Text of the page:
5 Ways I Try to Promote a Healthier Lifestyle

posted by Andrea | 09/8/2016
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Over the past 4 years, I have gotten SO many emails (usually from women with small children) asking:

  • how I lose weight after each baby?
  • what I do to keep the weight off?
  • how do I prevent myself from gaining too much weight during pregnancy?
  • what type of exercising do I do?
  • do I diet?
  • do I stay away from any specific foods?
  • etc. etc. etc.

For a long time, I felt like I had nothing to offer in terms of dieting tips or health and wellness advice — I figured I was just blessed with good genes and a good metabolism (obviously these doesn’t hurt anything!)

The truth is, I don’t do any formal exercise program and I’ve never been on any type of rigid diet or cleanse. I don’t stay away from any specific foods and I honestly don’t DO anything to intentionally prevent myself from gaining excess weight during pregnancy.

With Nora’s pregnancy, I barely gained 20 pounds, I packed on almost 60 pounds with Simon, and James’ pregnacy fell right in the middle — around 35 pounds. I don’t think I did anything differently, all my babies were healthy and strong, and I eventually lost the weight again (although it’s not all spread out the same way anymore!)

I wasn’t planning to write a blog post about this; however, the emails and questions just kept coming!

So for the past year, I’ve made a conscious effort to think about anything I do on a regular basis that helps me cut calories, curb cravings, rev up my metabolism, and encourage a healthier lifestyle… I came up with 5 ideas.

I certainly don’t claim to be an expert in this area, and my ideas might not work for your life. But at the very least, I hope this post encourages you to work towards developing a healthier body image — even if it’s just for the sake of the other women and girls in your life.

healthier lifestyle

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1. I don’t drink calories.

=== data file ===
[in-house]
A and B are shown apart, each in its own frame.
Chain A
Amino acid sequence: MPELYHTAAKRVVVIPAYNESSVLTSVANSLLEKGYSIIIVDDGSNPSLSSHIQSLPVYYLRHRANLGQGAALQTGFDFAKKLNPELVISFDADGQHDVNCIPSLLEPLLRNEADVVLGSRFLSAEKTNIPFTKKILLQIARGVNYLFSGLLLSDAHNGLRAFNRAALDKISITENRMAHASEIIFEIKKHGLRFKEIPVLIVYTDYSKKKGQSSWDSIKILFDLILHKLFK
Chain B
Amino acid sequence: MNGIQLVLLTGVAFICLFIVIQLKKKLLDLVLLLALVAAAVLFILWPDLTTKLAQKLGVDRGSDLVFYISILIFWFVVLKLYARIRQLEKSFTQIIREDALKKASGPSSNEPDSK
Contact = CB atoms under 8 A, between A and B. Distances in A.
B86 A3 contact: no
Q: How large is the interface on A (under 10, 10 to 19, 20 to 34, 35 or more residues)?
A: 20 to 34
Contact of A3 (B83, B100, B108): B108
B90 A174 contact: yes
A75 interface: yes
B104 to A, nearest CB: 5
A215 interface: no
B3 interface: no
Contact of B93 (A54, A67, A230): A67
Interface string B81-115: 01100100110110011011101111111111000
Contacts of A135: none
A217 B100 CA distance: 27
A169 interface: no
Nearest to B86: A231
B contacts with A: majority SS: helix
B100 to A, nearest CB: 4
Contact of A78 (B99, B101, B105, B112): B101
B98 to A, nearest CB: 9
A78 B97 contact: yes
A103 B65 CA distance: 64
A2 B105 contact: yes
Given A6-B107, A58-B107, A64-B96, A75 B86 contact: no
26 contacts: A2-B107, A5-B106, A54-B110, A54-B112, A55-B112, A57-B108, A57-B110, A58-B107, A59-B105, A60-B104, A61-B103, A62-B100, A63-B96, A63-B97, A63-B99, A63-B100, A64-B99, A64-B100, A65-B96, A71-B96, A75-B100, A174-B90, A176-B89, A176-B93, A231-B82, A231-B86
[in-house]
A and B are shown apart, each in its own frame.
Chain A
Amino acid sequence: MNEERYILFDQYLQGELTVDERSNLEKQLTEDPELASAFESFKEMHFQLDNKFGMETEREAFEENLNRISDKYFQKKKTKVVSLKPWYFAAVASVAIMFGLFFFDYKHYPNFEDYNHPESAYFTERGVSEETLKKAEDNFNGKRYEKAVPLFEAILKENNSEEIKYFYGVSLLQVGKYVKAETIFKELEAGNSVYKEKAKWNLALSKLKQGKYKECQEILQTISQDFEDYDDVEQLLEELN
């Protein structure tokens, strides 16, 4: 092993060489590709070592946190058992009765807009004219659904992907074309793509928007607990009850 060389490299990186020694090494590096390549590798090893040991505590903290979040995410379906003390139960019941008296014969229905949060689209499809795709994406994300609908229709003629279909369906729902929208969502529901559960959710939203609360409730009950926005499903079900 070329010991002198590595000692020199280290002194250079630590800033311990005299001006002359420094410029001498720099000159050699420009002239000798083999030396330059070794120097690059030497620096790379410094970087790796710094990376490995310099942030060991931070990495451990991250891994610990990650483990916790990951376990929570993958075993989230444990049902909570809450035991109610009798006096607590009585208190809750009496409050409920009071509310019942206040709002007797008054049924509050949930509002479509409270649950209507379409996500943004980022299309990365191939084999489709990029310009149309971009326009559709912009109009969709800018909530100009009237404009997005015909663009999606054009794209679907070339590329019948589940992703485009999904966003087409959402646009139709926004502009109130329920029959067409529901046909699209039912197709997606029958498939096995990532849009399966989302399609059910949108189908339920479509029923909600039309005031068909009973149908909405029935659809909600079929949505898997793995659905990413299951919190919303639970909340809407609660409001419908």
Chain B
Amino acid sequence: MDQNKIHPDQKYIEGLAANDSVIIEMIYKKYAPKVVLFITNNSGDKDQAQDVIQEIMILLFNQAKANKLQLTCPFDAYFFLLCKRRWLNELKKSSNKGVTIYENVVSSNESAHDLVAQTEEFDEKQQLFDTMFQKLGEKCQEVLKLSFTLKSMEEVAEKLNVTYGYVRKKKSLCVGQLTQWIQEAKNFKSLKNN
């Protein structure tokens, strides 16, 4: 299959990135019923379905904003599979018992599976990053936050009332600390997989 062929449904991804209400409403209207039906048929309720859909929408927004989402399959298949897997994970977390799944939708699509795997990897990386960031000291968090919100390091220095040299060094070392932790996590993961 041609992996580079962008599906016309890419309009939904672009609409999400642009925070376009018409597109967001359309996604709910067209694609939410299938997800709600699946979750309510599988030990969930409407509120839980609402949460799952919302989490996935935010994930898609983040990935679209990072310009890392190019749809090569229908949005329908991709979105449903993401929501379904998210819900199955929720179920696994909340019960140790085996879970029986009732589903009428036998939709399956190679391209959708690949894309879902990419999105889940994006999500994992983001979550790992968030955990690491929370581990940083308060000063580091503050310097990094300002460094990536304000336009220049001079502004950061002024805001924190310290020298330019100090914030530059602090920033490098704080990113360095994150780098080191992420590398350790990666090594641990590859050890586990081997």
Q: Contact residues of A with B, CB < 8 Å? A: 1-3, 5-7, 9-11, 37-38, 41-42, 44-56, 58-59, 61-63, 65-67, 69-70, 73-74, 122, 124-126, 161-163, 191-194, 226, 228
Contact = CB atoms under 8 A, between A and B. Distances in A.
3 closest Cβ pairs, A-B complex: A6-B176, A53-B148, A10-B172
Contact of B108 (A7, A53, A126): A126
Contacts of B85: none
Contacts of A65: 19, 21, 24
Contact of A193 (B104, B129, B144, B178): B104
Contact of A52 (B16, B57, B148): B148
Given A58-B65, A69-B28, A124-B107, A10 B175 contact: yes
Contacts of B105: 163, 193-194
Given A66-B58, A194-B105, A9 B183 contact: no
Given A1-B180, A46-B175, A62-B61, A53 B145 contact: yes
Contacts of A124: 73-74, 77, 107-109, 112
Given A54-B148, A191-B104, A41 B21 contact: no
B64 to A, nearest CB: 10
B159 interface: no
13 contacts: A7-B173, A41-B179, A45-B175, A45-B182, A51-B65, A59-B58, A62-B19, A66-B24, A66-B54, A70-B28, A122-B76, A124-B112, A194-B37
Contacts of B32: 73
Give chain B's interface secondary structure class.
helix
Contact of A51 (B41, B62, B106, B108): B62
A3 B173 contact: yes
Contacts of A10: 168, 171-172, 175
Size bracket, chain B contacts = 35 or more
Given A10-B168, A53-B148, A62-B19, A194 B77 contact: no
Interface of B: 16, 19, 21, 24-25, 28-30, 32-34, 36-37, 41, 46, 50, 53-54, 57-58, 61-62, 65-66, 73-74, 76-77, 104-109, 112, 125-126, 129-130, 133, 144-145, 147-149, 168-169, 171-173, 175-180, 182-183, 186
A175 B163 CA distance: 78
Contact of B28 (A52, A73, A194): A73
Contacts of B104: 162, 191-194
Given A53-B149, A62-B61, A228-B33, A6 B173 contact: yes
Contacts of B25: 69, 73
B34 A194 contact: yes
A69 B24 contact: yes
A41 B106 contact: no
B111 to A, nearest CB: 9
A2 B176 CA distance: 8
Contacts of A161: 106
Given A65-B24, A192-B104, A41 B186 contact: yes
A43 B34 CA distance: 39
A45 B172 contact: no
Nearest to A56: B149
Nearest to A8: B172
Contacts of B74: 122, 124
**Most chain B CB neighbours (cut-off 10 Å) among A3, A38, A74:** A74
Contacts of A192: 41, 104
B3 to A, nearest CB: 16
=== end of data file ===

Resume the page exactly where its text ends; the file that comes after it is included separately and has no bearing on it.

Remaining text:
I know this might seem impossible for many of you, but I rarely ever drink any calories (besides milk) and I think it makes a huge difference in the number of calories I consume on a weekly basis.

I don’t ever drink coffee, tea, cappuccinos, lattes, or any other fancy hot or cold coffee-type beverage. I will very occasionally have a mug of hot chocolate on a cold winter day — but that’s about it.

I don’t drink a lot of lemonade, juice, or pop (soda) and I almost never drink any type of alcohol.

Of course, if I’m a guest at someone else’s home, I will drink whatever they serve me without hesitation… but when I’m choosing, I stick with water, milk, and an occasional Diet Dr. Pepper! Maybe that’s boring, but it’s my own personal preference, and I really do think it helps me cut out a bunch of extra calories and sugar from my diet.

2. I almost always eat at home.

It’s no surprise that eating home-cooked meals is better for your waistline than eating at a restaurant… but as many of you know, I’m not opposed to eating some processed foods, and we do enjoy fast food and pizza a couple times each month.

However, since we have 3 little kids, we almost always eat the fast food and pizza AT HOME (because it’s easier than going out!) And when we eat at home, we often make a few tweaks to “health-ify” the meals 🙂

For example, if we get donuts for breakfast, I’ll make some fresh fruit and yogurt smoothies to go along with them. If we get pizza, I’ll make salad and pull out our tray of raw veggies as more nutritious side dishes. If we get burgers and fries, I’ll make a fruit salad and serve raw veggies again.

This might not sound like much, but by eating at home, we’re able to fill up on more nutritious options along with the less nutritious fast food and pizza, so we eat fewer calories overall.

3. I eat smaller “meals” throughout the day.

Since I’m home a lot, I tend to eat smaller meals (more like big snacks) regularly throughout the day. Again, this is just my own personal preference, and it’s how I’ve eaten for as long as I can remember (even back when I was in school).

I usually have yogurt or fruit when I wake up, then have my 2nd breakfast with the kids after they are awake and dressed. I’ll eat some crackers and cheese, a muffin, or something small right before I serve the kids lunch because it’s impossible to eat while they eat, and I’m too hungry to wait until they are napping. I usually have another lunch (sandwich or leftovers) while they are napping. We eat dinner really early, and then Dave and I usually have a larger evening snack after the kids are in bed.